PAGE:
how feasible is "subject to" mortgage? - Posted by John

Posted by John Corey on May 17, 2006 at 05:15:24:

  1. It is possible. It is done by a number of people. I have no idea as to the ratios. This particular method of investing works best when you have a focused marketing approach. It also is more common when the seller has few choices. I speculate you see a higher success rate in markets where appreciation is not rapid so that people can not wait for buyers to start bidding war.

  2. If you believe there are no possible deals out there you will tend to find evidence to support your view. The majority of the residential sales are between owner occupants with the prior debt being paid in full.

  3. Lenders might care more than you think. People who buy subject-to rarely try to notify the lender. It has been debated many times on this forum if a lender will invoke the DOS clause. For the most part on-time payments are the biggest priority to a lender. Just be prepared to refinance or otherwise deal with the loan if a lender calls it due. When you take a property subject-to you make promises to the existing borrower and you have to honor those promises. One state’s attorney general said subject-to if legal but not living up to the agreement with the seller/borrower can be fraud depending on the intent when you struck the bargain. In the specific case the buyer of the subject-to failed to keep up with the payments and had a pattern of doing the same with multiple sellers.

John Corey

how feasible is “subject to” mortgage? - Posted by John

Posted by John on May 16, 2006 at 08:46:25:

Where can I get more info? Thanks

Re: how feasible is - Posted by PF

Posted by PF on May 17, 2006 at 06:57:28:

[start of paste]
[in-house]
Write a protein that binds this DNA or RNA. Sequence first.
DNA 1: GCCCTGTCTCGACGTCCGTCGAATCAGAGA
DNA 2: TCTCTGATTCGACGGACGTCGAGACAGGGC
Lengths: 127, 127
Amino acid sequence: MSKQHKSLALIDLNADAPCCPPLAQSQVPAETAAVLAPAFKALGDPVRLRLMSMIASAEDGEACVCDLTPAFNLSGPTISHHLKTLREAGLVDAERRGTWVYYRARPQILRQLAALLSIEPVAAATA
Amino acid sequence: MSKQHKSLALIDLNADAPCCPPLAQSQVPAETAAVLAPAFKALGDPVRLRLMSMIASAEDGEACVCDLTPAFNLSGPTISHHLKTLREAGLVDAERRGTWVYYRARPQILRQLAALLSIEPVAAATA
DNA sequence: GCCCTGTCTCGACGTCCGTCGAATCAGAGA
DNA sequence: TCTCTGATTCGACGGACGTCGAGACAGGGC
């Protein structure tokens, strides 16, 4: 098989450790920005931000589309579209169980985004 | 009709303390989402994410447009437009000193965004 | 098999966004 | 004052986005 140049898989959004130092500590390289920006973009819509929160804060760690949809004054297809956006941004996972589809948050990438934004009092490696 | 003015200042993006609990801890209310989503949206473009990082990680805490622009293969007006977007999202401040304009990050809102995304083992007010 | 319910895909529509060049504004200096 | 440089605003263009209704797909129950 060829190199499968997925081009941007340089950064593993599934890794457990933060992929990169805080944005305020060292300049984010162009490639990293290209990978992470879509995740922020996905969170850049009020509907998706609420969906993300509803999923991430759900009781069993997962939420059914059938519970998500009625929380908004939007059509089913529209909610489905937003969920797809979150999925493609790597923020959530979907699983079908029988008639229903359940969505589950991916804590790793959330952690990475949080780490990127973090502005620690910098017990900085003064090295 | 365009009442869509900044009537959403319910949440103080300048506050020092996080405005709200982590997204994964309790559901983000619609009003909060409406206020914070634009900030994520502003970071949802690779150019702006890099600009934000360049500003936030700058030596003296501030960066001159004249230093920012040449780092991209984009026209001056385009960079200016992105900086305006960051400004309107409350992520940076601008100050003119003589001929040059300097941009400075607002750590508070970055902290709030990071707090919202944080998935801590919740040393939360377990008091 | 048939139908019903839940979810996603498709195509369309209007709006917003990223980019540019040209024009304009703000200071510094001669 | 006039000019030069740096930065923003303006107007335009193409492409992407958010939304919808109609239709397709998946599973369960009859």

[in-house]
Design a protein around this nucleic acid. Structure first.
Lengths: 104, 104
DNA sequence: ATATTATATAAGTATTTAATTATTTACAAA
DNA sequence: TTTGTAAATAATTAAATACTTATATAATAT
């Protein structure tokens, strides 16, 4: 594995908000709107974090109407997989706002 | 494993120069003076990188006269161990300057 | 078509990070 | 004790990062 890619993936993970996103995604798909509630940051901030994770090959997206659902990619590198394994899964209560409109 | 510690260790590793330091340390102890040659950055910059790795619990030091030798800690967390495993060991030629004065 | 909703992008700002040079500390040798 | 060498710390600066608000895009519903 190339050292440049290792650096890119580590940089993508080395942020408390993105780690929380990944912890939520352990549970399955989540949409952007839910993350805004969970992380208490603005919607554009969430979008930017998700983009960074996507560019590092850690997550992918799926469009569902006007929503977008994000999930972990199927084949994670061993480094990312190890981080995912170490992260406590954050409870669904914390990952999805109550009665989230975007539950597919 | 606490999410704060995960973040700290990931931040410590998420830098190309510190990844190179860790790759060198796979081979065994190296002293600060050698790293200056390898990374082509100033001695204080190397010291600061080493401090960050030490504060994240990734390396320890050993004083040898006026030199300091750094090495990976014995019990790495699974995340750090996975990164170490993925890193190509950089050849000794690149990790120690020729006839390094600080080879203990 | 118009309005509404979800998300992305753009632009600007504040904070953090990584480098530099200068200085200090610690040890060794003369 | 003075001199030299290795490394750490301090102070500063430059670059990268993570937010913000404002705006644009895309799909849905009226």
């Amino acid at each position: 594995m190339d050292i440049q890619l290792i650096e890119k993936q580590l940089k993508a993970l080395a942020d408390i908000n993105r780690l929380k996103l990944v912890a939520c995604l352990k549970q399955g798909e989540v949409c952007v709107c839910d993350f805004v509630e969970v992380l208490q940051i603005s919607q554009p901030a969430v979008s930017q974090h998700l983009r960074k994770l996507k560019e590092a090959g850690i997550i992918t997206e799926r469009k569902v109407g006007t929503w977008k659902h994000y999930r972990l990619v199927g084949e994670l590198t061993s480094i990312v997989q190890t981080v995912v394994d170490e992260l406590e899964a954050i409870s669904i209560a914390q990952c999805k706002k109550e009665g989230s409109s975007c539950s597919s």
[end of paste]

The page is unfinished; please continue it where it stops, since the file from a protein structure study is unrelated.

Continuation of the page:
Hey John,

You may be thinking of a rehab loan. These loans are issued on properties that need renovations. In this case a lender will give you the money needed to do the renovations as long as you provide contractor quotes. You may be purchasing a property for $100,000 but need $50,000 for rehabilitation. The lender looks at the after repaired value (ARV) and determines what the value of the home will be after it is repaired. This is done with a “subject to” appraisal. Once improvements are complete, you will be carrying a mortgage for the acquisition cost plus improvements, in this case $150,000. Hope this helps!

Re: how feasible is “subject to” - Posted by John Corey

Posted by John Corey on May 16, 2006 at 14:20:38:

There is no such thing as a ‘subject-to’ mortgage given how most people the phrase.

In most cases when someone is buying a property ‘subject-to’ they are buying from a seller and will purchase the property with the present loan left in place (purchase subject-to the present loan).

In an odd way you could say that any 2nd loan is subject-to the 1st but I do not think that is what you are talking about.

What have you been reading?

Try searching the forum and the success notes/how-to sections for ‘subject-to’.

John Corey

Re: how feasible is “subject to” - Posted by John

Posted by John on May 16, 2006 at 23:22:28:

I am wondering specifically: Can “controlling” a property by taking over the owners mortgage be done…and that means is it realistic…not a 1 in a million chance? Can these owners be found? Will the mortgage holders generally be ammenable to this (i would imagine they don’t care as long as they get paid, especially in the face of losing their shirt.)Burned in my mind is "you sell, you HAVE to pay the mortgage off. I’m just looking for the straight talk. You can make a million dollars at the slots but how realistic is it???